The Foucault Pendulum consists of a 150-pound bob, affixed to a 35-foot wire that hangs from the Grand Hall of the Children’s Museum of Pittsburgh. The pendulum includes a circle of 108 silver pegs that sit on the floor of the pit beneath it. Each day, the pendulum is set swinging directly on the north-south line of the pit. Although the swinging pendulum appears to rotate about 10 degrees an hour, it does not move. In fact, the pendulum “remembers” the direction in which it was started and tries to maintain that direction. The Earth however, turning counterclockwise from west to east, moves the building under the pendulum. The silver pegs circling the pendulum pit are set up to 2.5 degrees apart, and as they enter into the path of the swinging pendulum they are knocked over. One peg is knocked over about every 20 minutes.

This direction change of the pendulum, illustrated by the falling pegs, shows that the Earth is turning.


Additional Information:


What: Celebration of the reinstallation of the Foucault Pendulum

When: 10:30 a.m. Wednesday

Admission: Free with museum admission: $8; $7 for ages 2 to 18 and senior citizens; free for children younger than 2. Admission is discounted to $6 for all ages on Thursdays.

Where: The Grand Hall, Children¹s Museum of Pittsburgh, 10 Children’s Way, North Side

Details: (412) 322-5058 or

Categories: News
TribLIVE commenting policy

You are solely responsible for your comments and by using you agree to our Terms of Service.

We moderate comments. Our goal is to provide substantive commentary for a general readership. By screening submissions, we provide a space where readers can share intelligent and informed commentary that enhances the quality of our news and information.

While most comments will be posted if they are on-topic and not abusive, moderating decisions are subjective. We will make them as carefully and consistently as we can. Because of the volume of reader comments, we cannot review individual moderation decisions with readers.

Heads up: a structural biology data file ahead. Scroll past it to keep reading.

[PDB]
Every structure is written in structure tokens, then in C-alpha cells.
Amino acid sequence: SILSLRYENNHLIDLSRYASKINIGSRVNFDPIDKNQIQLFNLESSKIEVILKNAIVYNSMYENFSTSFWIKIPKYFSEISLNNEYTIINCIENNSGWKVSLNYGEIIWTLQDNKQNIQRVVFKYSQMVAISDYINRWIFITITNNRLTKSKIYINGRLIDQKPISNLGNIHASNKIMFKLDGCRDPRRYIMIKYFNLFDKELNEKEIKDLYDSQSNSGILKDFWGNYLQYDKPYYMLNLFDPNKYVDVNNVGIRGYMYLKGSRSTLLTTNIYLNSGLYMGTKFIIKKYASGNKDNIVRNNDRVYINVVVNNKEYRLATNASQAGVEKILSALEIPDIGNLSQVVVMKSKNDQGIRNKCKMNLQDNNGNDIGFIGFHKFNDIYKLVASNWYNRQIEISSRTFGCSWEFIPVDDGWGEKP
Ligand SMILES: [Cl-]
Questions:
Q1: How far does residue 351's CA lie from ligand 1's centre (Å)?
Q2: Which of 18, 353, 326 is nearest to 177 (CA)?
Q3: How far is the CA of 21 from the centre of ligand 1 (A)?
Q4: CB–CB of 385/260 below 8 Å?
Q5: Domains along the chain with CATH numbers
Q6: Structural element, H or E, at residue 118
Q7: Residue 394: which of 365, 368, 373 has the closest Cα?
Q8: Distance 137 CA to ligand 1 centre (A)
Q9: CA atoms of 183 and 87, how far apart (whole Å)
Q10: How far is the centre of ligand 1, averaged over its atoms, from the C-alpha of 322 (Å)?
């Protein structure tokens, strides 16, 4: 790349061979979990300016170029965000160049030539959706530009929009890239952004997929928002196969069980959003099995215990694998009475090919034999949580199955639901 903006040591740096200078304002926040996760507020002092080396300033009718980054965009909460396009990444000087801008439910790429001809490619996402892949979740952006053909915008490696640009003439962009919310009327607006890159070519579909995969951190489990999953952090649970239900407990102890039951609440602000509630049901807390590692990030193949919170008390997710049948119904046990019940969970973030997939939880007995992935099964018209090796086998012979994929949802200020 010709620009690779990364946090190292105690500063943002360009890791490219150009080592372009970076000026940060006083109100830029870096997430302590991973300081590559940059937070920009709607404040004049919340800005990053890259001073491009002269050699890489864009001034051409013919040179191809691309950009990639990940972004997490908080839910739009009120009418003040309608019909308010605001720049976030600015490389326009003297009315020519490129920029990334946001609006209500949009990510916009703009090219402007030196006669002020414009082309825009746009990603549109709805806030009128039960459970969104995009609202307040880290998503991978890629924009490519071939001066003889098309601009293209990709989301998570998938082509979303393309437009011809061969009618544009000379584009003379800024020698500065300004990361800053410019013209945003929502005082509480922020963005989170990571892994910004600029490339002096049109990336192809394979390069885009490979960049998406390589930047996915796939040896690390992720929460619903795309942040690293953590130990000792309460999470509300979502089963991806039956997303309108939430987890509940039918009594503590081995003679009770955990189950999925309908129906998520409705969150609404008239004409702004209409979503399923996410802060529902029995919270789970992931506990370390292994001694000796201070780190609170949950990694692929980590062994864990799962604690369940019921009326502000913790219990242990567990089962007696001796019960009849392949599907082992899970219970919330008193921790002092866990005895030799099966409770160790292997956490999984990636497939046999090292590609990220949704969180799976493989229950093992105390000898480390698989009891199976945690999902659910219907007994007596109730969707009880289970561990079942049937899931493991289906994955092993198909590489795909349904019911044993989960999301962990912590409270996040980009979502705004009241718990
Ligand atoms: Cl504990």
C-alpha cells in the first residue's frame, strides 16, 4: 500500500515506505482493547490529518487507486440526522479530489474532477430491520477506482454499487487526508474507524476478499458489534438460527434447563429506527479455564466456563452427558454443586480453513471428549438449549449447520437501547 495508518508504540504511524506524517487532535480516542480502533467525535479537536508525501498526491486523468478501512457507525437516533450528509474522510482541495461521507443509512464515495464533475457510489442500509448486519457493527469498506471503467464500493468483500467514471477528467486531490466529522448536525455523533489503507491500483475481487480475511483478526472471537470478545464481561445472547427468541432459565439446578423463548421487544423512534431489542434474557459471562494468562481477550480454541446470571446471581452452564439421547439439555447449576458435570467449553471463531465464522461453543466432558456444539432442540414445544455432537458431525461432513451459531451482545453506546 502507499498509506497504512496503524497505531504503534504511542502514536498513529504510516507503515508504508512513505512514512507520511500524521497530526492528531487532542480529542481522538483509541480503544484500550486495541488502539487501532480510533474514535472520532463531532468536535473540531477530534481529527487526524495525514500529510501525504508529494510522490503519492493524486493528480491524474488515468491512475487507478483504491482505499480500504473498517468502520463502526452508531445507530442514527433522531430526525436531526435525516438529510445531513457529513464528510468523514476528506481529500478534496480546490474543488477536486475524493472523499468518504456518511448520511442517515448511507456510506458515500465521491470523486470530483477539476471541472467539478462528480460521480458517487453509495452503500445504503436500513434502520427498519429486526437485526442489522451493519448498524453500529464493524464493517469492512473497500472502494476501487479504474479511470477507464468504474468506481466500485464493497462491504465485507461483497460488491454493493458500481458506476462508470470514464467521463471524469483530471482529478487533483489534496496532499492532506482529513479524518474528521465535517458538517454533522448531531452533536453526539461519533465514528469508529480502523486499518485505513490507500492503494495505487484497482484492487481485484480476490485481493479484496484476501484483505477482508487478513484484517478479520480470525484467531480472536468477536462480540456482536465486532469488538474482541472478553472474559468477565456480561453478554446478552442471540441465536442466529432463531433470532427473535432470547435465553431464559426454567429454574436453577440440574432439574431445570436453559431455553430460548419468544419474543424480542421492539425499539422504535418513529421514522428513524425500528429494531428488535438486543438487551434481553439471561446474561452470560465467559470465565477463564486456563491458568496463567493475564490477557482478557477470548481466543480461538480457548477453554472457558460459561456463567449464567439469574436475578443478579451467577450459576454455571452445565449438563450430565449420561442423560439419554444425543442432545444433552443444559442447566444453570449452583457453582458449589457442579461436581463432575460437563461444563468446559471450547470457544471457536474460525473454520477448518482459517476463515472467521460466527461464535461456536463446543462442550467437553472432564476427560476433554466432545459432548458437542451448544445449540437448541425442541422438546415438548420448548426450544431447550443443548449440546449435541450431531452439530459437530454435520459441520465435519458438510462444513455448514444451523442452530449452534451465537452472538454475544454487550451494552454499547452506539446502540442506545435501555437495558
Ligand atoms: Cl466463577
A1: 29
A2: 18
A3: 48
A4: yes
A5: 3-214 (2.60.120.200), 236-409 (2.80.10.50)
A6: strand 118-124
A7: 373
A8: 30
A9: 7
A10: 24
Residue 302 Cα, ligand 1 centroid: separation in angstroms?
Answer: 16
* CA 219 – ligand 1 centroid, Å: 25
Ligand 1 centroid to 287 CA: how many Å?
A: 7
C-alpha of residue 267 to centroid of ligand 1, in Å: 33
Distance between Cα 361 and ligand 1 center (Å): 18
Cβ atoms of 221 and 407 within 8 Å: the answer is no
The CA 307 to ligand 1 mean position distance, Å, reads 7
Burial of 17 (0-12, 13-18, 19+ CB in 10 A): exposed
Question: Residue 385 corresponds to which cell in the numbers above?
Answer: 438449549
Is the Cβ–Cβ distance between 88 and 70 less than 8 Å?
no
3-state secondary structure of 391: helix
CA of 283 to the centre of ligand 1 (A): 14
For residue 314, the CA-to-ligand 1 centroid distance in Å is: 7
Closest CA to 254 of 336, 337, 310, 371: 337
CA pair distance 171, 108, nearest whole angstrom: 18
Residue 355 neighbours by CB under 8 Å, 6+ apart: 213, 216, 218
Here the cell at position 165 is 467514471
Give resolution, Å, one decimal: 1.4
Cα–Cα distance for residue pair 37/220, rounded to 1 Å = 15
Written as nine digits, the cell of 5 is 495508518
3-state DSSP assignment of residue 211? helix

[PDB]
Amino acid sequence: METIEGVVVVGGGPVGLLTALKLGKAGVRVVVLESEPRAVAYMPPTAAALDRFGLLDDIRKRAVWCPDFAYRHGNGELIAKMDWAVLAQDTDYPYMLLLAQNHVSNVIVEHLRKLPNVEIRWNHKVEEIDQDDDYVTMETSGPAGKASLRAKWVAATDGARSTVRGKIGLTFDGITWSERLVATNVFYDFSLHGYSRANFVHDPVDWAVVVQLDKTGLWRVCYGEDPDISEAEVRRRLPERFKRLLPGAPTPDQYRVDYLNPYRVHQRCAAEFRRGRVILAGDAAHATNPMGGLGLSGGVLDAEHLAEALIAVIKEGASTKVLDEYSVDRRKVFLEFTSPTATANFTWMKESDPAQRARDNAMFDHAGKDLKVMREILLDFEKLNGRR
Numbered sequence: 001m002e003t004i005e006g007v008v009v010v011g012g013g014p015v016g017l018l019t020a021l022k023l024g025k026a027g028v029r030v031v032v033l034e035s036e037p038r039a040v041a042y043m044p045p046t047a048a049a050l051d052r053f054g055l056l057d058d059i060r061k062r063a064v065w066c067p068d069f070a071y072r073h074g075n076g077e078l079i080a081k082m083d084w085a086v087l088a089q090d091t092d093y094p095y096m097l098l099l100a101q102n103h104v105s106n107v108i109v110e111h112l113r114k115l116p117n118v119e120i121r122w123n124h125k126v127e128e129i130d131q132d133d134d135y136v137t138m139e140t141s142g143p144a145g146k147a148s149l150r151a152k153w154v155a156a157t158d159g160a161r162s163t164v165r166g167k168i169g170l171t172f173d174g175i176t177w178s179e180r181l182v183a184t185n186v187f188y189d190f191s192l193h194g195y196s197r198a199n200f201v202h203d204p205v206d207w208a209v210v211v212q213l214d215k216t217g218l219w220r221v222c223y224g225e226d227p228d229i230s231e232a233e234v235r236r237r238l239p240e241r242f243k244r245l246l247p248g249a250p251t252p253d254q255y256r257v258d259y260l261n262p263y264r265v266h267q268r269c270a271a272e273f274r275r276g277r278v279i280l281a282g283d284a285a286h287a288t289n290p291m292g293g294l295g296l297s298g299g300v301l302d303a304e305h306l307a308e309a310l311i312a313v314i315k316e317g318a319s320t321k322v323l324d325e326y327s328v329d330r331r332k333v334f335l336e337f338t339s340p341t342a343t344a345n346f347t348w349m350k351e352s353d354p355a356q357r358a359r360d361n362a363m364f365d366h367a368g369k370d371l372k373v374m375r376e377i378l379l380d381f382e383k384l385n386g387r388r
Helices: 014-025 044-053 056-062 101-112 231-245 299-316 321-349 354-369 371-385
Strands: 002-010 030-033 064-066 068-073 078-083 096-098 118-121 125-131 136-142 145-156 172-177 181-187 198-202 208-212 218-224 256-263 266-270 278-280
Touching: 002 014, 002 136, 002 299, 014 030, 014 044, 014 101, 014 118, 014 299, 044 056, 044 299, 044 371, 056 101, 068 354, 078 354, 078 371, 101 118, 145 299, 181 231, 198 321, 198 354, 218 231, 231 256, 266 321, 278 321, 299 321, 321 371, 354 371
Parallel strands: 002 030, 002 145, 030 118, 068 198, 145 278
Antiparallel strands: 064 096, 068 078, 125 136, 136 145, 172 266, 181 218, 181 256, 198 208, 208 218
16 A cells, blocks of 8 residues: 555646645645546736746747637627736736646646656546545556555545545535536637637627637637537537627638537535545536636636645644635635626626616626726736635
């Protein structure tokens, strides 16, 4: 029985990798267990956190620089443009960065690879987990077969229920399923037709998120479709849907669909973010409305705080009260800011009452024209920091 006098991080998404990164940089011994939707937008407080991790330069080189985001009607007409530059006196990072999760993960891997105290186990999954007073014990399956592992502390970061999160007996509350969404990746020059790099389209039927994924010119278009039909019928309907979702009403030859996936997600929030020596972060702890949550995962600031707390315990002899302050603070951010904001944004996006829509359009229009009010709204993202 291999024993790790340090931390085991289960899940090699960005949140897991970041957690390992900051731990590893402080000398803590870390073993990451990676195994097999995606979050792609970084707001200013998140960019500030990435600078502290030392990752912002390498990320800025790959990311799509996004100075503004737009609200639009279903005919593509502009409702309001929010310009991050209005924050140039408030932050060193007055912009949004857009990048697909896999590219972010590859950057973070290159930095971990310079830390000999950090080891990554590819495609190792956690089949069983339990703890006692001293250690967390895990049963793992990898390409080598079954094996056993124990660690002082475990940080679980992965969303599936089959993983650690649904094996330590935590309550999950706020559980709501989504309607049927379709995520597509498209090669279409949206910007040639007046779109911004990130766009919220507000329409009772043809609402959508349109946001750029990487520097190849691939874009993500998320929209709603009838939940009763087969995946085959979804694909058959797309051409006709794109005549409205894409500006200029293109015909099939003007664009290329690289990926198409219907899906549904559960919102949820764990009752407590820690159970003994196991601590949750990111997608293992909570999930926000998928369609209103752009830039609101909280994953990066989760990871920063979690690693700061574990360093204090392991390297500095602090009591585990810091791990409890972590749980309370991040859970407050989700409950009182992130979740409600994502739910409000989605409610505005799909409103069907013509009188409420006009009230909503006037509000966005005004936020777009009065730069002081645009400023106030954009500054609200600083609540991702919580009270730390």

We value thoughtful comments representing a range of views that make their point quickly and politely. We make an effort to protect discussions from repeated comments either by the same reader or different readers

We follow the same standards for taste as the daily newspaper. A few things we won't tolerate: personal attacks, obscenity, vulgarity, profanity (including expletives and letters followed by dashes), commercial promotion, impersonations, incoherence, proselytizing and SHOUTING. Don't include URLs to Web sites.

We do not edit comments. They are either approved or deleted. We reserve the right to edit a comment that is quoted or excerpted in an article. In this case, we may fix spelling and punctuation.

We welcome strong opinions and criticism of our work, but we don't want comments to become bogged down with discussions of our policies and we will moderate accordingly.

We appreciate it when readers and people quoted in articles or blog posts point out errors of fact or emphasis and will investigate all assertions. But these suggestions should be sent via e-mail. To avoid distracting other readers, we won't publish comments that suggest a correction. Instead, corrections will be made in a blog post or in an article.